Lewis v. United States (95-6465), 518 U.S 322 (1996).
[ O'Connor ]
[ Kennedy ]
[ Stevens ]
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No. 95-6465


on writ of certiorari to the united states court of appeals for the second circuit

[June 24, 1996]

Justice Stevens , with whom Justice Ginsburg joins, dissenting.

Unlike Justice Kennedy, however, I believe that the right to a jury trial attaches when the prosecution begins. I do not quarrel with the established view that only defendants whose alleged misconduct is deemed serious by the legislature are entitled to be judged by a jury. But in my opinion, the legislature's determination of the severity of the charges against a defendant is properly measured by the maximum sentence authorized for the prosecution as a whole. The text of the Sixth Amendment supports this interpretation by referring expressly to "criminal prosecutions."

Nothing in our prior precedents conflicts with this view. True, some of our past cases (the ones on which the majority relies) have referred to an "offense" rather than a "prosecution." See, e.g., Blanton v. North Las Vegas, 489 U.S. 538, 541 (1989); Frank v. United States, 395 U.S. 147, 148 (1969). But the words were effectively interchangeable in those cases because the prosecutions at issue concerned only one offense. The contempt cases, which do involve multiple offenses, demonstrate that aggregation--that is, deciding whether the defendant has a right to a jury trial on the basis of the prosecution rather than the individual offenses--is appropriate.

The majority attempts to distinguish Codispoti v. Pennsylvania, 418 U.S. 506 (1974), by suggesting that the Court's decision in that case turned on the absence of any statutory measure of severity. Ante, at 6. That observation is certainly correct to a point: The contempt cases are special because the sentence actually imposed provides the only available yardstick by which to judge compliance with the command of the Sixth Amendment. But that unique aspect of the cases does not speak to the aggregation question. Having determined that the defendants in Codispoti were sentenced to no more than six months for any individual contempt, it would follow from the rule the Court announces today that a jury trial was unnecessary. Yet we reversed and remanded, holding that "each contemnor was tried for what was equivalent to a serious offense and was [therefore] entitled to a jury trial." 418 U. S., at 517 (emphasis added). [n.*]

Justice Kennedy reads a second contempt case, Taylor v. Hayes, 418 U.S. 488 (1974), as standing for the proposition that a judge may defeat the jury trial right by promising a short sentence. He is mistaken. The dispositive fact in Taylor was not that the prison term imposed was only six months but rather that the actual sentence, acting as a proxy for the legislative judgment, demonstrated that "the State itself has determined that the contempt is not so serious as to warrant more than a six month sentence." 418 U. S., at 496. In this case, by contrast, we have an explicit statutory expression of the legislative judgment that this prosecution is serious--the two offenses charged are punishable by a maximum prison sentence of 12 months.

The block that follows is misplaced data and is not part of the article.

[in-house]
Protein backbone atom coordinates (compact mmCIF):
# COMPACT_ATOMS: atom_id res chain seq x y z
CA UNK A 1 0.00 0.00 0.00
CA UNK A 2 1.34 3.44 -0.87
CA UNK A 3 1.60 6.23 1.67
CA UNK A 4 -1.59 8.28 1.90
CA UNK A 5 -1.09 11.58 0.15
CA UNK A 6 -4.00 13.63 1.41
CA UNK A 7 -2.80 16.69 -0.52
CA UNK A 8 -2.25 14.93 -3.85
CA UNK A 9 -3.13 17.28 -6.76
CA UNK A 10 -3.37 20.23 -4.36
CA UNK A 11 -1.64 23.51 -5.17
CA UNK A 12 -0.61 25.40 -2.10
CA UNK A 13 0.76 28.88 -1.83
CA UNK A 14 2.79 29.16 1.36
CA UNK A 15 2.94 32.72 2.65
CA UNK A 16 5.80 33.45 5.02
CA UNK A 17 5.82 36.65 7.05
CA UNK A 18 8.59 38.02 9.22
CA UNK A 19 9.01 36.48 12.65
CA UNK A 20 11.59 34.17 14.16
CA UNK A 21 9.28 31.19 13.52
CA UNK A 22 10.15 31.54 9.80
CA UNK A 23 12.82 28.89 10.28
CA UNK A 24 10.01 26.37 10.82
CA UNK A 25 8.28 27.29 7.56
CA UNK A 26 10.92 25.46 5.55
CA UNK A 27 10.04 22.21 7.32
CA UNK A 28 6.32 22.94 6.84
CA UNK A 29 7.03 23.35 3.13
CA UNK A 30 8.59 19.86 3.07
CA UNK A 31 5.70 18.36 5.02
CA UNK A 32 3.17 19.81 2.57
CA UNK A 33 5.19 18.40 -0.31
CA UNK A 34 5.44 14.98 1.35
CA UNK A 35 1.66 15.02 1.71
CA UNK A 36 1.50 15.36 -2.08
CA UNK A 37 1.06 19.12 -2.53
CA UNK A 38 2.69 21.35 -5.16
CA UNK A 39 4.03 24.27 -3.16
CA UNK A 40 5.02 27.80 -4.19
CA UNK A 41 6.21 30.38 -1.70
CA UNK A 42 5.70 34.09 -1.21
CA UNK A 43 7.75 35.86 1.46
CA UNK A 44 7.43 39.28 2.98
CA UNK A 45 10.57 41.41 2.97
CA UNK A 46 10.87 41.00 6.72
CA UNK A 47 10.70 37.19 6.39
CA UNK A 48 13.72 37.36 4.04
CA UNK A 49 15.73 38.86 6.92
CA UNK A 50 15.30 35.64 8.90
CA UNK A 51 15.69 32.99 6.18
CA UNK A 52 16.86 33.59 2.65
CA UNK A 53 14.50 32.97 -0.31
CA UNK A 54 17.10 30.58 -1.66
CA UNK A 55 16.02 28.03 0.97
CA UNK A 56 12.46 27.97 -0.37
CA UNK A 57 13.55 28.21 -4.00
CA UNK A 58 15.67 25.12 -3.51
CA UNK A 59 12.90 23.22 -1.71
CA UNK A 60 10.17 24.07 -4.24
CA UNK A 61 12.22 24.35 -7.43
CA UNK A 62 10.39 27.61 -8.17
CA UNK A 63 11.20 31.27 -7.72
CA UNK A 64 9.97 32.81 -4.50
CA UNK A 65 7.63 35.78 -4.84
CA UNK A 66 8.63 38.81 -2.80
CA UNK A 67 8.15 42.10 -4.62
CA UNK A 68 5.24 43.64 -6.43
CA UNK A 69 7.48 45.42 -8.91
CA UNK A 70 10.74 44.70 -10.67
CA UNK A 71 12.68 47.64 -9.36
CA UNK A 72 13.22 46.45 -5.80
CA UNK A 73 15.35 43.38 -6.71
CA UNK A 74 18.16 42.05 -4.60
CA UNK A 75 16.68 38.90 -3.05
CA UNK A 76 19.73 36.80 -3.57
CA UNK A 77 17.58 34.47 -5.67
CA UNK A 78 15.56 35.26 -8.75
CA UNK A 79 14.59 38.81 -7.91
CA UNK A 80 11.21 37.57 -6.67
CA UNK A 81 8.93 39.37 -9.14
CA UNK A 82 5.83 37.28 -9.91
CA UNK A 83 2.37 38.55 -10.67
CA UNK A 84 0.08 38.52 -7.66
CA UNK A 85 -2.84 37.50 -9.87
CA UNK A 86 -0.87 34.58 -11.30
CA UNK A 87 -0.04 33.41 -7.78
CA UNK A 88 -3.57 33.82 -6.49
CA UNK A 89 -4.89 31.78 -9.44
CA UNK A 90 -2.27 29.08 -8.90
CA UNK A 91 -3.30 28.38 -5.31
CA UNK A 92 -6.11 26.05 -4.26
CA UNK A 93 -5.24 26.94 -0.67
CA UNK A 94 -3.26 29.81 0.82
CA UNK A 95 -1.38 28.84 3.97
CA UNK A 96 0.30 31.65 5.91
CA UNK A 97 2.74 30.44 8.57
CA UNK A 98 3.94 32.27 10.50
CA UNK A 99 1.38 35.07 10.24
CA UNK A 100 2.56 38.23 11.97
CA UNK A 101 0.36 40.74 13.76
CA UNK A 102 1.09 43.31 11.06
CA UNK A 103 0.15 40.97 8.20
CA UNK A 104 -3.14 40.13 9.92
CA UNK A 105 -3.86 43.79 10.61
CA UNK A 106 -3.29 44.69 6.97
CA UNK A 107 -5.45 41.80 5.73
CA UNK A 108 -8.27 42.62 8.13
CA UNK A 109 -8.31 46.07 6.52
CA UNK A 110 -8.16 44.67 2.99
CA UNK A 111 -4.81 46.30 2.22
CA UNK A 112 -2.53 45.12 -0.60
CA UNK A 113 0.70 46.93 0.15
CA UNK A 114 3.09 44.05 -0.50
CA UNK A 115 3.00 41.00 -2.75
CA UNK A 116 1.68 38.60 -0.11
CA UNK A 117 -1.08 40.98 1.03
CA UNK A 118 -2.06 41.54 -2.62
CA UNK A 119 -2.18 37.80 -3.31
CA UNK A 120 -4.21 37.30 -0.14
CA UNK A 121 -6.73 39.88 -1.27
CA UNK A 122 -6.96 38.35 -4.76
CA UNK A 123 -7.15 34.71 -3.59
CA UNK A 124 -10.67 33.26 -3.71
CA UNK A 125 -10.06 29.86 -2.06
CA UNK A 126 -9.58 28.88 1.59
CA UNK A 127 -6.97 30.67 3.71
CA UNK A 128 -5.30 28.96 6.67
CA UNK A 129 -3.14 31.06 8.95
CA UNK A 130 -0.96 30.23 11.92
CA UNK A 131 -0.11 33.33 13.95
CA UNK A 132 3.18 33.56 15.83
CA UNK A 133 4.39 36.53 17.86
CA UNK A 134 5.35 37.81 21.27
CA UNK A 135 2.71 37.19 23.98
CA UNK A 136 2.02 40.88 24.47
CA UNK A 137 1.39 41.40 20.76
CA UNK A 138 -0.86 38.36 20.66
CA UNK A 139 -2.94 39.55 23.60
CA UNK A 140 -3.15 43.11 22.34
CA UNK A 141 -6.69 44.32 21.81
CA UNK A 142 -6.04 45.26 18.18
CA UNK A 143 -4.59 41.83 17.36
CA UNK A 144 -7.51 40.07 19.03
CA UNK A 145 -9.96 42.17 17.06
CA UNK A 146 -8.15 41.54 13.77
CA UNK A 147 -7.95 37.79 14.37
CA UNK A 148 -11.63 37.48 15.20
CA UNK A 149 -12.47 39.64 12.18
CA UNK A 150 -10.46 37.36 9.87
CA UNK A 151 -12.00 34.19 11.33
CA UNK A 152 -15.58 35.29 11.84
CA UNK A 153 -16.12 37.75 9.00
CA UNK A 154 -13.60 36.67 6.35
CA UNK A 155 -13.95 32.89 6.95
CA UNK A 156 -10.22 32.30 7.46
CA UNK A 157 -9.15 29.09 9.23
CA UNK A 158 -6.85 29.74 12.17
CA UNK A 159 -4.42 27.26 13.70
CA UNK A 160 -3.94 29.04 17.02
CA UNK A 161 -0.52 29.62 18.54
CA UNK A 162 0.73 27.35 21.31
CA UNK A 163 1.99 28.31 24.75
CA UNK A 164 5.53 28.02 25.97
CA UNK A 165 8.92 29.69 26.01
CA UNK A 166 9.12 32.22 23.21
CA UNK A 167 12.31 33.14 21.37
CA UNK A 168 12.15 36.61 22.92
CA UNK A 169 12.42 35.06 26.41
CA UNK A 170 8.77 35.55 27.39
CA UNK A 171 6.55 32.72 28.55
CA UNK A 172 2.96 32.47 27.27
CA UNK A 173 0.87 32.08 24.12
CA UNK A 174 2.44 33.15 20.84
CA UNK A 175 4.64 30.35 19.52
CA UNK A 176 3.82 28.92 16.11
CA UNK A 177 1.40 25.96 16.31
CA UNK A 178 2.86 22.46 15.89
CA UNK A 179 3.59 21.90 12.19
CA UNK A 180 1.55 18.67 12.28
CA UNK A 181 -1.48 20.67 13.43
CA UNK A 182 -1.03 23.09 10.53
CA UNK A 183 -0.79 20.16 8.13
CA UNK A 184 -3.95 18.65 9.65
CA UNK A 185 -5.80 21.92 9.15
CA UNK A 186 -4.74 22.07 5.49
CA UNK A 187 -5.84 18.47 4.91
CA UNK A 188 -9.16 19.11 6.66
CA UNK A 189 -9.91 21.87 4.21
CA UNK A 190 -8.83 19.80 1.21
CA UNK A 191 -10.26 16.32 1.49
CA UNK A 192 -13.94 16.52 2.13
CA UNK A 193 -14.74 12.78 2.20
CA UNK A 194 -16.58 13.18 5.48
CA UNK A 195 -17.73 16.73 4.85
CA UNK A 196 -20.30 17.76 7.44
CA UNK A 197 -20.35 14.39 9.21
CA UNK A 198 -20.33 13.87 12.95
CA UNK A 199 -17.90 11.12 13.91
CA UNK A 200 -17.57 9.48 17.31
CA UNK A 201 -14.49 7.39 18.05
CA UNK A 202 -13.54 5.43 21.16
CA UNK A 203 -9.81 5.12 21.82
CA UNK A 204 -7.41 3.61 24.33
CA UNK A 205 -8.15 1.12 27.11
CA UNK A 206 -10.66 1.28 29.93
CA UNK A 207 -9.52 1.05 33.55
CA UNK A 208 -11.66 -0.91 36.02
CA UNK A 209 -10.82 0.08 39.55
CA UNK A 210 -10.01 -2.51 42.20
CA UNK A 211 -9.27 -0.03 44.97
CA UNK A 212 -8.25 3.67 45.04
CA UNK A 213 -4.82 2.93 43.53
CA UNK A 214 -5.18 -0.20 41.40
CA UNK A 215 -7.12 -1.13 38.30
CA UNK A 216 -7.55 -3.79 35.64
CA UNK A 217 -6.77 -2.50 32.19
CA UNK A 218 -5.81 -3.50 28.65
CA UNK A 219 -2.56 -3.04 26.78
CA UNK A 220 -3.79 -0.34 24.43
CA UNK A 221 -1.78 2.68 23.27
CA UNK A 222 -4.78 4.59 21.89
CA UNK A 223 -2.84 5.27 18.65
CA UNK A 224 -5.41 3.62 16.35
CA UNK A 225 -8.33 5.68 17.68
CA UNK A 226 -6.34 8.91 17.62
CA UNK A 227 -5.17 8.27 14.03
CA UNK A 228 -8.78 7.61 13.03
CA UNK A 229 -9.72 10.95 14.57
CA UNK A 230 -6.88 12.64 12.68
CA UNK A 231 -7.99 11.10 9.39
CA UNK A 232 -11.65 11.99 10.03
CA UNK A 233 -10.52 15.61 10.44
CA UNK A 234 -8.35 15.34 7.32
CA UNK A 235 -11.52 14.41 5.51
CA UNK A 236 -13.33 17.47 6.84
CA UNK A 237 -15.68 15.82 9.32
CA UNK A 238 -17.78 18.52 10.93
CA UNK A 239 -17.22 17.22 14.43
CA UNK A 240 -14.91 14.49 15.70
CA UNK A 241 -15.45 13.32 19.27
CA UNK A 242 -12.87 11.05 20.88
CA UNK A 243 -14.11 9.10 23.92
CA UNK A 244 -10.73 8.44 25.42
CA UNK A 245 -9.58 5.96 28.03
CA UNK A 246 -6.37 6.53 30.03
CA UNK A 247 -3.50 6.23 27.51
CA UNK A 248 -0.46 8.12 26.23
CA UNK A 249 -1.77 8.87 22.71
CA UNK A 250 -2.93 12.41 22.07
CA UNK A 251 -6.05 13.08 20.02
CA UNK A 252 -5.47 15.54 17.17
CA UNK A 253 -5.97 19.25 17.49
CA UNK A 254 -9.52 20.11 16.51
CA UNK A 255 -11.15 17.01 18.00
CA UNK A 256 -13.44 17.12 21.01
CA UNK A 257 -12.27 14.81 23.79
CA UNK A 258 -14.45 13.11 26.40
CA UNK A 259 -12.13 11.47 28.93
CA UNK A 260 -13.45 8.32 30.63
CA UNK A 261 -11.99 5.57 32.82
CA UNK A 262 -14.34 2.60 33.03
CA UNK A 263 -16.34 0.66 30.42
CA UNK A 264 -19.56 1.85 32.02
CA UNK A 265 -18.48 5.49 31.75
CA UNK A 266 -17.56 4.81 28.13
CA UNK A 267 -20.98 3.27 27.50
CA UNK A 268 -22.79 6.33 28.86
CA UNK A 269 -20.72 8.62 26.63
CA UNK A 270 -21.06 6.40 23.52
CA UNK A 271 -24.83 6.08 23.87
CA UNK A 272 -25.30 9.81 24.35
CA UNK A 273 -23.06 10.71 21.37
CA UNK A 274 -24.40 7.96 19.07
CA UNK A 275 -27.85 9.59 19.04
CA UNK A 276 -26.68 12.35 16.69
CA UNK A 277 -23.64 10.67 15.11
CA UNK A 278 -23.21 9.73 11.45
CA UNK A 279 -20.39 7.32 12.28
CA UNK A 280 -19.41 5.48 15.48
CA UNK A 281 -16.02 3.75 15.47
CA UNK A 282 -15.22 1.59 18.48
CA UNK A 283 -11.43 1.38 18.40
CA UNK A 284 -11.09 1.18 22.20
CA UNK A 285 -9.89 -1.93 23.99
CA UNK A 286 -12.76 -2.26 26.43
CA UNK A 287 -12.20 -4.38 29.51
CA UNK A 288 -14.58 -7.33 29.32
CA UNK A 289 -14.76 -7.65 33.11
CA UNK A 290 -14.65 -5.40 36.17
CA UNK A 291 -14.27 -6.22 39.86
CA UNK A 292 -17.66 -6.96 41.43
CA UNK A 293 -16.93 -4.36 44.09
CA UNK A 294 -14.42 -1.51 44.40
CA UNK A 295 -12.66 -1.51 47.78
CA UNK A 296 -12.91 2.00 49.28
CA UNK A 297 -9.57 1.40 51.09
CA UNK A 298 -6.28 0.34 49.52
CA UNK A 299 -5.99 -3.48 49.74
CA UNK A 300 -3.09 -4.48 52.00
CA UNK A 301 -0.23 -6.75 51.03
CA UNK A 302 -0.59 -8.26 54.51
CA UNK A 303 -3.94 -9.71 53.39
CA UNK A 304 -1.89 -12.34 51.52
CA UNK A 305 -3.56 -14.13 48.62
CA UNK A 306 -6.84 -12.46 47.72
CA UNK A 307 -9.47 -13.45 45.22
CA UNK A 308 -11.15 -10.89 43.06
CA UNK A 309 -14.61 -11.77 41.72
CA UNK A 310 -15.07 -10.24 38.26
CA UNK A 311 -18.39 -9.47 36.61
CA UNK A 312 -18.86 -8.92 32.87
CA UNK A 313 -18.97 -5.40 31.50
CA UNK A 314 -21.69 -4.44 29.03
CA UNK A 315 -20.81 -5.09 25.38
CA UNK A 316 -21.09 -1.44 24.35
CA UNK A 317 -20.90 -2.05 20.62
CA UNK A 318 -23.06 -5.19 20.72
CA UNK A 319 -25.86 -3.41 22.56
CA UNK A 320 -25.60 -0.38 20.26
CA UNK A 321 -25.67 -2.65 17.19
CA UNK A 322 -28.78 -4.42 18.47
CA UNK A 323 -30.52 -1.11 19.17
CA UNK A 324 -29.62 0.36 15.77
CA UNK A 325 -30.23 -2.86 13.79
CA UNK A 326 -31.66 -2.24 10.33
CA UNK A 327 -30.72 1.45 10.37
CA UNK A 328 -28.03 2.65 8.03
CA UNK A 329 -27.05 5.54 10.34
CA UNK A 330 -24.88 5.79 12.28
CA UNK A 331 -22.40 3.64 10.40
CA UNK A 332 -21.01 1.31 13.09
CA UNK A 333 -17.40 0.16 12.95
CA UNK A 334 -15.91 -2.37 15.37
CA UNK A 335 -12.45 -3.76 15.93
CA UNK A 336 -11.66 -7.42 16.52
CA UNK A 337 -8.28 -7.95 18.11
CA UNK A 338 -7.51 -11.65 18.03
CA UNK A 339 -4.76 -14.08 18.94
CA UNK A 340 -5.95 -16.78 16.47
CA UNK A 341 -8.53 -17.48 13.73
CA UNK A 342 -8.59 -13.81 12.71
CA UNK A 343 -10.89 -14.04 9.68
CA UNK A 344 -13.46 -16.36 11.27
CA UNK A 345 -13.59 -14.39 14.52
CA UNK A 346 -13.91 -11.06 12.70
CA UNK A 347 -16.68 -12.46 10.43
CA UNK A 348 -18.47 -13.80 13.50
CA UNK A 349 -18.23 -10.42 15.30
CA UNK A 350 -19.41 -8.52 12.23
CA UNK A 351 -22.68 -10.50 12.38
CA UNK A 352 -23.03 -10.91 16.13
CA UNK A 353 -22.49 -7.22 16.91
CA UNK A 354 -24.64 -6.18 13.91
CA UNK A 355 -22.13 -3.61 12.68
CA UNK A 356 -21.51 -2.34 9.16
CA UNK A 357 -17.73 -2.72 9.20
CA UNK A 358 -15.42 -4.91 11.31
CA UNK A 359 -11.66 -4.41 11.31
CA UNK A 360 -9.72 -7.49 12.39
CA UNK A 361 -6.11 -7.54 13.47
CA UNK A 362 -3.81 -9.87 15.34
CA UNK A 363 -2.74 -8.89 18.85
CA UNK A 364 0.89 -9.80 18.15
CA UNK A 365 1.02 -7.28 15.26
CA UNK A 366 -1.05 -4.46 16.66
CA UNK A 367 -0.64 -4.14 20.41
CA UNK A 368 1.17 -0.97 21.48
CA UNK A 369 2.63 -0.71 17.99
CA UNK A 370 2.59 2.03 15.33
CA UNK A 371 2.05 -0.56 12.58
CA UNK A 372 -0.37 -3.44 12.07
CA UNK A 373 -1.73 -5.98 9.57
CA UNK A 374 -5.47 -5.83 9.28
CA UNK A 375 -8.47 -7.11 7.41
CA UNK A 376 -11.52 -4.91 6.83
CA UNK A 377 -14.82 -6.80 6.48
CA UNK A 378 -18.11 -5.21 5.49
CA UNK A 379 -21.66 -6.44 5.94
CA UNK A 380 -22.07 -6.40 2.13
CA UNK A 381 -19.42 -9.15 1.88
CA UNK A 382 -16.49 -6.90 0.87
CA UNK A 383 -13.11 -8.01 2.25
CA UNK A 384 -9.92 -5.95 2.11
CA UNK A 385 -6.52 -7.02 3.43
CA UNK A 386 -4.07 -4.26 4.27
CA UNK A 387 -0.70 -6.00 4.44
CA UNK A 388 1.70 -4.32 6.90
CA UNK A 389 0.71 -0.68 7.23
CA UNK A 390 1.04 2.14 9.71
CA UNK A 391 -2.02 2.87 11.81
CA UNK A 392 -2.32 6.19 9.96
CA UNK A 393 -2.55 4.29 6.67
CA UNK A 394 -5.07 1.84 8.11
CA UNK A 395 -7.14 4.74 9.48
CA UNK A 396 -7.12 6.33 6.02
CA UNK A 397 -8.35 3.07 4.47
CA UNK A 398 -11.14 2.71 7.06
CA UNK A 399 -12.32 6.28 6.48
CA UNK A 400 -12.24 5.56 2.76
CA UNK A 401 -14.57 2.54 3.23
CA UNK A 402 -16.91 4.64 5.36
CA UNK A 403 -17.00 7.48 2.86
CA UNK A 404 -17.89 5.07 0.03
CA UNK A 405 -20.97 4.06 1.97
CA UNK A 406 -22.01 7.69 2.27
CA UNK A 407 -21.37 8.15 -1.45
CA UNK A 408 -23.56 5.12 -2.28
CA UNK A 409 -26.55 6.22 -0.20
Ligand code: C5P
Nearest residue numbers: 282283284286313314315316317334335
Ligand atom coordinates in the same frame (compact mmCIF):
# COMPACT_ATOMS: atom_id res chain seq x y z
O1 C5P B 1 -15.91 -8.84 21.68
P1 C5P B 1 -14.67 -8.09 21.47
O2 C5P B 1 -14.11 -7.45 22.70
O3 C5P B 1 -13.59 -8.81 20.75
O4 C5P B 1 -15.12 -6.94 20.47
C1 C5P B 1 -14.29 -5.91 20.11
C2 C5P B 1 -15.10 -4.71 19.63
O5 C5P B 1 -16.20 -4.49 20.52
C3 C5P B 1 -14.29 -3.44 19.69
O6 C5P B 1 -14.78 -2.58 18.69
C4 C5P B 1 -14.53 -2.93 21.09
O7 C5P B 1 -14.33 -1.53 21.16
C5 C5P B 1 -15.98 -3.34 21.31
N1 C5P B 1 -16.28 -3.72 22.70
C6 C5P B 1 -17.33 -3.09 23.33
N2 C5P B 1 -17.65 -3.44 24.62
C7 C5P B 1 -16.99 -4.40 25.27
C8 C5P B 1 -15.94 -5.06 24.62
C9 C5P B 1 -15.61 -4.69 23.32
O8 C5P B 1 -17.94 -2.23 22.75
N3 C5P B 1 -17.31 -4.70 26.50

All agree that a judge may not strip a defendant of the right to a jury trial for a serious crime by promising a sentence of six months or less. This is so because "[o]pprobrium attaches to conviction of those crimes regardless of the length of the actual sentence imposed," ante, at 5 (Kennedy, J., concurring in judgment). In my view, the same rule must apply to prosecutions involving multiple offenses which are serious by virtue of their aggregate possible sentence. I see no basis for assuming that the dishonor associated with multiple convictions for petty offenses is less than the dishonor associated with conviction of a single serious crime. Because the right attaches at the moment of prosecution, a judge may not deprive a defendant of a jury trial by making a pretrial determination that the crimes charged will not warrant a sentence exceeding six months.

Petitioner is entitled to a jury trial because he was charged with offenses carrying a statutory maximum prison sentence of more than six months. I therefore would reverse the judgment of the Court of Appeals and, for that reason, I respectfully dissent.


* The majority's speculation that the Court's holding in Codispoti was limited to criminal contempt cases, ante, at 6-7, is persuasively answered by Justice Kennedy. See ante, at 4 (opinion concurring in judgment).